You find yourself at a crossroads when your parent can no longer live at home alone. There are so many different options and terms and opinions—but which is the best option for your parent?
There’s no one solution. Healthcare is a very personal, highly specific thing, and you need to find the arrangement that will best suit your parent’s specific situation. With that in mind, here is a comprehensive guide to the different healthcare choices to help you make a decision.
Home Health Aide
If Mom or Dad want to stay at home, an aide may be the best choice. This is common for elderly people who choose to “age in place.”
There are different levels of home health care, based on the needs and independence levels of the patient. Some seniors will only need an aide to come for a few hours to help with personal care and grooming. Some will need more intense physical assistance, as well as help with shopping, cooking, and housework. You might even prefer to hire a live-in aide to help manage medical conditions and serve as a companion at the same time.
Medicare and Medicaid cover part-time home health care services if you meet strict criteria and have a doctor’s order it. In addition, the agency you use must be approved by Medicare or Medicaid. If your parent requires more intense or full-time care, you will have to pay the fees out of pocket.
When looking for a home health aide, make sure to only hire someone from a reputable agency. Look for a compassionate, experienced individual who will treat your loved one with the respect and dignity they deserve. The Home Care Association of NJ has a list of home health providers in Camden County here.
Assisted Living Facility
An assisted living facility (ALF) is a good option for semi-independent seniors. ALFs allow you to choose the level of assistance you need. Residence live in private rooms or apartments, usually with a kitchenette if they want to prepare meals or snacks. But they also have full meals in communal dining rooms, and they offer housekeeping and laundry services, transportation, social activities, assistance with personal care, and other health services.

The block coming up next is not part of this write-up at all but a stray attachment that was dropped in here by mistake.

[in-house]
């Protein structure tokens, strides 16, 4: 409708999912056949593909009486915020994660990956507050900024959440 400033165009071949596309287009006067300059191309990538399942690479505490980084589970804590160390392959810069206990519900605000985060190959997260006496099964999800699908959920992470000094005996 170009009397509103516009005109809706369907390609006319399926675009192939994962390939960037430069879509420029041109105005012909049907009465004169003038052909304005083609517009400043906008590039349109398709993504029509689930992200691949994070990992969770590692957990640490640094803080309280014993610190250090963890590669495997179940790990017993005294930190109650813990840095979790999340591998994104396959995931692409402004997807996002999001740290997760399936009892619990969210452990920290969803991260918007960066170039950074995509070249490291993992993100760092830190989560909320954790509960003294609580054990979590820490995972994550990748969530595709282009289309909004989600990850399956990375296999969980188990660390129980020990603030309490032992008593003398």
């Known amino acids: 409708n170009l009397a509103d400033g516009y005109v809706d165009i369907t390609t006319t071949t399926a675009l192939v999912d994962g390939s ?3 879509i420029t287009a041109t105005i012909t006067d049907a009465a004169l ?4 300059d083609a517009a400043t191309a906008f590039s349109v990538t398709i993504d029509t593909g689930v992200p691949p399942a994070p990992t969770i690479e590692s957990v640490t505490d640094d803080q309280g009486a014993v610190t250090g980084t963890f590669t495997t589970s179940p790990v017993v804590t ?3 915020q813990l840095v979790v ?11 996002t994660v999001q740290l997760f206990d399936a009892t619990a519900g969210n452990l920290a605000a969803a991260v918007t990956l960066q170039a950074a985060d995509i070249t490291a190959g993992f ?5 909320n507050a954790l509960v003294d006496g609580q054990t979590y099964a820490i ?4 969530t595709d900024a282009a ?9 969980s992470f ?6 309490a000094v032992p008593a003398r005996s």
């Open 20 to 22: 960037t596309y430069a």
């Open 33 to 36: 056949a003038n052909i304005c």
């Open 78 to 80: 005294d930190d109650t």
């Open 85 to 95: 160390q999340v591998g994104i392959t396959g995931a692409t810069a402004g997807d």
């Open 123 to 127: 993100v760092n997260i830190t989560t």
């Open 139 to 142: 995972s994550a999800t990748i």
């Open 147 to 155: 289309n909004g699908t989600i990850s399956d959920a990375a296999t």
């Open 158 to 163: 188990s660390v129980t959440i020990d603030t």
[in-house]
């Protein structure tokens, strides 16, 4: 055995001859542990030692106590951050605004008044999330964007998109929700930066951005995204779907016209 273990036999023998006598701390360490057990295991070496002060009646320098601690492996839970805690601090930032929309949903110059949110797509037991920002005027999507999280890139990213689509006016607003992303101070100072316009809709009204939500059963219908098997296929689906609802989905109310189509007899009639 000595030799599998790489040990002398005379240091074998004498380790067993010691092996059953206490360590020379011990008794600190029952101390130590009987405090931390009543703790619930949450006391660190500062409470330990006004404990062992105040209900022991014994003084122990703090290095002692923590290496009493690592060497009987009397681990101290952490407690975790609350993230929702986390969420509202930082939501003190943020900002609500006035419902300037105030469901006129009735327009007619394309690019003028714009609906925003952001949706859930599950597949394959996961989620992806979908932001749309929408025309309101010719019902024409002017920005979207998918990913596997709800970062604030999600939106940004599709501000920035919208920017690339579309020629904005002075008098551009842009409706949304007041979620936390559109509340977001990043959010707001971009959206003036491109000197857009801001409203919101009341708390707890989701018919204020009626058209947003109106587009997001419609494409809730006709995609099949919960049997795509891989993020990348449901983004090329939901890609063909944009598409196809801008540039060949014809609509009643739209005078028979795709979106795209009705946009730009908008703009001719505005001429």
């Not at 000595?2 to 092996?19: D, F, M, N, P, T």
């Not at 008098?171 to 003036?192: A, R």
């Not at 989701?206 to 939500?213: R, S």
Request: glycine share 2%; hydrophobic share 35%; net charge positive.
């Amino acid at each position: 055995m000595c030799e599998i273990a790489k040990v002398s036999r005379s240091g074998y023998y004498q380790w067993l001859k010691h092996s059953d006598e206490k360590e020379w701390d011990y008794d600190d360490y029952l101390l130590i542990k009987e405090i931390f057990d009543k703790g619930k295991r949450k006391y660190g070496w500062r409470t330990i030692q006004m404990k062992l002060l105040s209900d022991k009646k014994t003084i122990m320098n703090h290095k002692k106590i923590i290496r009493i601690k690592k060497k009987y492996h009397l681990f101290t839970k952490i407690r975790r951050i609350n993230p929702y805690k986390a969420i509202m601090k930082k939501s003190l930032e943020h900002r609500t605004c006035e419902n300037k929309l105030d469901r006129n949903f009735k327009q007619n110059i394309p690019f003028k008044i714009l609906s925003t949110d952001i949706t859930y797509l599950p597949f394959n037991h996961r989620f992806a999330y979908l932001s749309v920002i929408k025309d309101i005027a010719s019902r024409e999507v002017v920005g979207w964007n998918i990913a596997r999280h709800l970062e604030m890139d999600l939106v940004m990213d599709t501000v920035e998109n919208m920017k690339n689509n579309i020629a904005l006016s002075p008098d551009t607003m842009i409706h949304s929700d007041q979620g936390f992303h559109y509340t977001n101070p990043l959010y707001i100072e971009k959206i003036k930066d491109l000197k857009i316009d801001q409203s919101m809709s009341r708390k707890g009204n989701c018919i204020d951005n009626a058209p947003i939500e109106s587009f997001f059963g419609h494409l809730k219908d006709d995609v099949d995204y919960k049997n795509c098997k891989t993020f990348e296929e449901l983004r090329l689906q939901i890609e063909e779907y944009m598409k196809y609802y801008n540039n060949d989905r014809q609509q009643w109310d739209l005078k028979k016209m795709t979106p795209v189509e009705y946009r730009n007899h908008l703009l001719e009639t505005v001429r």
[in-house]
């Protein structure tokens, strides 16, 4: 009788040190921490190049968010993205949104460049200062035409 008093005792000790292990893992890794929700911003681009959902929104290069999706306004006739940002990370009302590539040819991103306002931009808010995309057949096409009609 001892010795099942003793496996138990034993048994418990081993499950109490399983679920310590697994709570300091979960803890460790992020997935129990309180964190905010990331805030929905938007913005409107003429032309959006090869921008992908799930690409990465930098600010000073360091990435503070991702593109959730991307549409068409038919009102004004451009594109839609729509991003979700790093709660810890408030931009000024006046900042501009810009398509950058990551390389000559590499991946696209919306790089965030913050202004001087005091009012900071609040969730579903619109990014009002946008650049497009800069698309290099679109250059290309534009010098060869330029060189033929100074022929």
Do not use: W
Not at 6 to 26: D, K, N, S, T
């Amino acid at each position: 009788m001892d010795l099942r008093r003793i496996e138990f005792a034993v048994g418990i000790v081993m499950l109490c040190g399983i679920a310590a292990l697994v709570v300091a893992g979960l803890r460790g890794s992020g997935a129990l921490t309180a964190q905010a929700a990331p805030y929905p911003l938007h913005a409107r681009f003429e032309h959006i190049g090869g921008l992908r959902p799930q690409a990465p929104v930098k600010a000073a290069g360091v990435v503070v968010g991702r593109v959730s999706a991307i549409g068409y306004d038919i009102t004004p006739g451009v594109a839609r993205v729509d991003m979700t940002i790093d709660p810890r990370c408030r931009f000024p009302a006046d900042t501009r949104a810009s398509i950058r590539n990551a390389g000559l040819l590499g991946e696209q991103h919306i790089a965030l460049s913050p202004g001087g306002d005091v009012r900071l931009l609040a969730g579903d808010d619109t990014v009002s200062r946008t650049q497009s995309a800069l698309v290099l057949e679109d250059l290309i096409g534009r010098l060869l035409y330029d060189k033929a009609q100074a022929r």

If you’re nervous about Mom or Dad’s safety at home alone, but they don’t want to give up their independence, an ALF is a good compromise. Some ALFs are part of continuing care retirement communities (CCRC), where the level of care available increases as your parent’s physical health deteriorates.
Assisted living facilities can be pretty expensive, depending on location and other factors. Medicare does not pay for assisted living, but long term care insurance generally will cover it. Rent at an ALF can vary between $2,000 to $5,000 a month, but keep in mind that includes many services you would otherwise have to pay for separately.
Skilled Nursing Facility
Skilled nursing facilities (SNF) are what most people refer to as nursing homes. When your parent is no longer able to care for themselves, a nursing home may be the best choice. At an SNF your parent will have access to 24-hour nursing care and medical monitoring.
Most nursing homes offer both short-term and long-term care. At Elmwood Hills, for example, we provide short-term rehabilitation from hip and knee replacements, surgery, MVAs, and stroke. We also offer long-term care, including diabetes management, tracheotomy care, and cardiac/pulmonary care.
Medicare covers up to 100 days of inpatient rehab. It does not cover long-term care if that is the only care Mom or Dad needs. Medicaid does cover long-term nursing. Some private insurances and long term care insurance will also cover SNFs.
I hope this information helped with the important decisions facing your family. If you want to see more articles detailing these or other senior care options, please leave us a comment!